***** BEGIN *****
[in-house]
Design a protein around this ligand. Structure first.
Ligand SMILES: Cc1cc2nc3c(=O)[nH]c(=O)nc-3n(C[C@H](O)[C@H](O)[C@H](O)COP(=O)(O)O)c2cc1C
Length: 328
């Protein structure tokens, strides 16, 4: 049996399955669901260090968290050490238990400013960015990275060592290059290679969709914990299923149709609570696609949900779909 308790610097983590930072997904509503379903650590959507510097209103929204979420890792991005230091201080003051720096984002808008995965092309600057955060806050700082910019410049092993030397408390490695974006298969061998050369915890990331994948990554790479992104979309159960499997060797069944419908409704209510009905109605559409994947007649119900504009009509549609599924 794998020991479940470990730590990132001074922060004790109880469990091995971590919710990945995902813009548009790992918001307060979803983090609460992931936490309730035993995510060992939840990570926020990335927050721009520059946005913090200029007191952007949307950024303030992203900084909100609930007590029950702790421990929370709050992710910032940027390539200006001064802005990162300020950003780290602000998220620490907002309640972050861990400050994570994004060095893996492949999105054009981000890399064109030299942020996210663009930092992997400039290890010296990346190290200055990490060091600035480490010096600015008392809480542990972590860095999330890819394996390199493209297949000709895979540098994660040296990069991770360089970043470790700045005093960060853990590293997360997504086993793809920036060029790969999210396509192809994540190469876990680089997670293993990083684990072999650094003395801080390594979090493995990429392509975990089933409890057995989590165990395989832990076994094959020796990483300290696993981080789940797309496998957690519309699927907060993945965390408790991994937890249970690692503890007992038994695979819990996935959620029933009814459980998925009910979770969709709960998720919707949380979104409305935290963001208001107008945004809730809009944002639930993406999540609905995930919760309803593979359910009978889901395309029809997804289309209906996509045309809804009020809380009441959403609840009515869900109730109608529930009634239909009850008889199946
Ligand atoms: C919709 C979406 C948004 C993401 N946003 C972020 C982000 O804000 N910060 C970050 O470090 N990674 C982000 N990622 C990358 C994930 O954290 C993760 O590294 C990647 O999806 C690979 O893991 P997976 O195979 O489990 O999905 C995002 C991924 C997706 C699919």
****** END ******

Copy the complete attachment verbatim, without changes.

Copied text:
[in-house]
Design a protein around this ligand. Structure first.
Ligand SMILES: Cc1cc2nc3c(=O)[nH]c(=O)nc-3n(C[C@H](O)[C@H](O)[C@H](O)COP(=O)(O)O)c2cc1C
Length: 328
């Protein structure tokens, strides 16, 4: 049996399955669901260090968290050490238990400013960015990275060592290059290679969709914990299923149709609570696609949900779909 308790610097983590930072997904509503379903650590959507510097209103929204979420890792991005230091201080003051720096984002808008995965092309600057955060806050700082910019410049092993030397408390490695974006298969061998050369915890990331994948990554790479992104979309159960499997060797069944419908409704209510009905109605559409994947007649119900504009009509549609599924 794998020991479940470990730590990132001074922060004790109880469990091995971590919710990945995902813009548009790992918001307060979803983090609460992931936490309730035993995510060992939840990570926020990335927050721009520059946005913090200029007191952007949307950024303030992203900084909100609930007590029950702790421990929370709050992710910032940027390539200006001064802005990162300020950003780290602000998220620490907002309640972050861990400050994570994004060095893996492949999105054009981000890399064109030299942020996210663009930092992997400039290890010296990346190290200055990490060091600035480490010096600015008392809480542990972590860095999330890819394996390199493209297949000709895979540098994660040296990069991770360089970043470790700045005093960060853990590293997360997504086993793809920036060029790969999210396509192809994540190469876990680089997670293993990083684990072999650094003395801080390594979090493995990429392509975990089933409890057995989590165990395989832990076994094959020796990483300290696993981080789940797309496998957690519309699927907060993945965390408790991994937890249970690692503890007992038994695979819990996935959620029933009814459980998925009910979770969709709960998720919707949380979104409305935290963001208001107008945004809730809009944002639930993406999540609905995930919760309803593979359910009978889901395309029809997804289309209906996509045309809804009020809380009441959403609840009515869900109730109608529930009634239909009850008889199946
Ligand atoms: C919709 C979406 C948004 C993401 N946003 C972020 C982000 O804000 N910060 C970050 O470090 N990674 C982000 N990622 C990358 C994930 O954290 C993760 O590294 C990647 O999806 C690979 O893991 P997976 O195979 O489990 O999905 C995002 C991924 C997706 C699919």